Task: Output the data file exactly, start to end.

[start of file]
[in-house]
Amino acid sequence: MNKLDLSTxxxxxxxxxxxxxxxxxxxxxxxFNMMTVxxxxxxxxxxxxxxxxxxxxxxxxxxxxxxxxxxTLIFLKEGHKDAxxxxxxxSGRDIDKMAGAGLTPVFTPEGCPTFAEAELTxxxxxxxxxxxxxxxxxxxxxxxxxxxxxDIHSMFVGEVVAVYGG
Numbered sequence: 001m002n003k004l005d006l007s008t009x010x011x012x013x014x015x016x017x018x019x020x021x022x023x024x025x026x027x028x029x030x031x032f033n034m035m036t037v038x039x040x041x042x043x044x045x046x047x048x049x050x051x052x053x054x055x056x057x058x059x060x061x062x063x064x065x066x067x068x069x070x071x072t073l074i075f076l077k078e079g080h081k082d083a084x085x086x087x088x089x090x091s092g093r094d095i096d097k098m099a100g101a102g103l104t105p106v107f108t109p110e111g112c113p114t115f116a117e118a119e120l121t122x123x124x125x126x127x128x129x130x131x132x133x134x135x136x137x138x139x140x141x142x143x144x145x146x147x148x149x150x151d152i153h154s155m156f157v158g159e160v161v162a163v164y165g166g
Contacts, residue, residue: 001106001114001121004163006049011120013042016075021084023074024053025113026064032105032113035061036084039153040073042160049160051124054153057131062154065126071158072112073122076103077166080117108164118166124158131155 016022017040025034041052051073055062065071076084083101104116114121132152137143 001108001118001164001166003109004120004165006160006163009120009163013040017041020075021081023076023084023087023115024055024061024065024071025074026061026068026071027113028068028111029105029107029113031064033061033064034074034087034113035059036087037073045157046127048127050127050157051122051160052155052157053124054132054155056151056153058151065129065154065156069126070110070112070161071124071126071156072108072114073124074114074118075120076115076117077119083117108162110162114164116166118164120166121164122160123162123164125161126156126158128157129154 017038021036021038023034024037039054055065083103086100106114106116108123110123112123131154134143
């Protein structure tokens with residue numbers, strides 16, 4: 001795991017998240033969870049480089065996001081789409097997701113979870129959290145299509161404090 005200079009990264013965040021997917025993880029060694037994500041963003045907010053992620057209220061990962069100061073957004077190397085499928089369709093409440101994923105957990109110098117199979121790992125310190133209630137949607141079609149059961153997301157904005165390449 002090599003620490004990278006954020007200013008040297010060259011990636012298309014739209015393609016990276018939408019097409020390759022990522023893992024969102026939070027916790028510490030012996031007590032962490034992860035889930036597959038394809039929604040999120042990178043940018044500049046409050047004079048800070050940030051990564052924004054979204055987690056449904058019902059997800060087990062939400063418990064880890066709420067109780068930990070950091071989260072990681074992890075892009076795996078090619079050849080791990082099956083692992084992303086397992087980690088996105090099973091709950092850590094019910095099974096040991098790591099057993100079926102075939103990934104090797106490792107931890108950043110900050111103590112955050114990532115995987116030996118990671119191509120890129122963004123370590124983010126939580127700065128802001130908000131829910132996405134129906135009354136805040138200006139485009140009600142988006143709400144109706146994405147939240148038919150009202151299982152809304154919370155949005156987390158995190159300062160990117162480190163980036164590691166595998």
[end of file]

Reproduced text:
[in-house]
Amino acid sequence: MNKLDLSTxxxxxxxxxxxxxxxxxxxxxxxFNMMTVxxxxxxxxxxxxxxxxxxxxxxxxxxxxxxxxxxTLIFLKEGHKDAxxxxxxxSGRDIDKMAGAGLTPVFTPEGCPTFAEAELTxxxxxxxxxxxxxxxxxxxxxxxxxxxxxDIHSMFVGEVVAVYGG
Numbered sequence: 001m002n003k004l005d006l007s008t009x010x011x012x013x014x015x016x017x018x019x020x021x022x023x024x025x026x027x028x029x030x031x032f033n034m035m036t037v038x039x040x041x042x043x044x045x046x047x048x049x050x051x052x053x054x055x056x057x058x059x060x061x062x063x064x065x066x067x068x069x070x071x072t073l074i075f076l077k078e079g080h081k082d083a084x085x086x087x088x089x090x091s092g093r094d095i096d097k098m099a100g101a102g103l104t105p106v107f108t109p110e111g112c113p114t115f116a117e118a119e120l121t122x123x124x125x126x127x128x129x130x131x132x133x134x135x136x137x138x139x140x141x142x143x144x145x146x147x148x149x150x151d152i153h154s155m156f157v158g159e160v161v162a163v164y165g166g
Contacts, residue, residue: 001106001114001121004163006049011120013042016075021084023074024053025113026064032105032113035061036084039153040073042160049160051124054153057131062154065126071158072112073122076103077166080117108164118166124158131155 016022017040025034041052051073055062065071076084083101104116114121132152137143 001108001118001164001166003109004120004165006160006163009120009163013040017041020075021081023076023084023087023115024055024061024065024071025074026061026068026071027113028068028111029105029107029113031064033061033064034074034087034113035059036087037073045157046127048127050127050157051122051160052155052157053124054132054155056151056153058151065129065154065156069126070110070112070161071124071126071156072108072114073124074114074118075120076115076117077119083117108162110162114164116166118164120166121164122160123162123164125161126156126158128157129154 017038021036021038023034024037039054055065083103086100106114106116108123110123112123131154134143
């Protein structure tokens with residue numbers, strides 16, 4: 001795991017998240033969870049480089065996001081789409097997701113979870129959290145299509161404090 005200079009990264013965040021997917025993880029060694037994500041963003045907010053992620057209220061990962069100061073957004077190397085499928089369709093409440101994923105957990109110098117199979121790992125310190133209630137949607141079609149059961153997301157904005165390449 002090599003620490004990278006954020007200013008040297010060259011990636012298309014739209015393609016990276018939408019097409020390759022990522023893992024969102026939070027916790028510490030012996031007590032962490034992860035889930036597959038394809039929604040999120042990178043940018044500049046409050047004079048800070050940030051990564052924004054979204055987690056449904058019902059997800060087990062939400063418990064880890066709420067109780068930990070950091071989260072990681074992890075892009076795996078090619079050849080791990082099956083692992084992303086397992087980690088996105090099973091709950092850590094019910095099974096040991098790591099057993100079926102075939103990934104090797106490792107931890108950043110900050111103590112955050114990532115995987116030996118990671119191509120890129122963004123370590124983010126939580127700065128802001130908000131829910132996405134129906135009354136805040138200006139485009140009600142988006143709400144109706146994405147939240148038919150009202151299982152809304154919370155949005156987390158995190159300062160990117162480190163980036164590691166595998």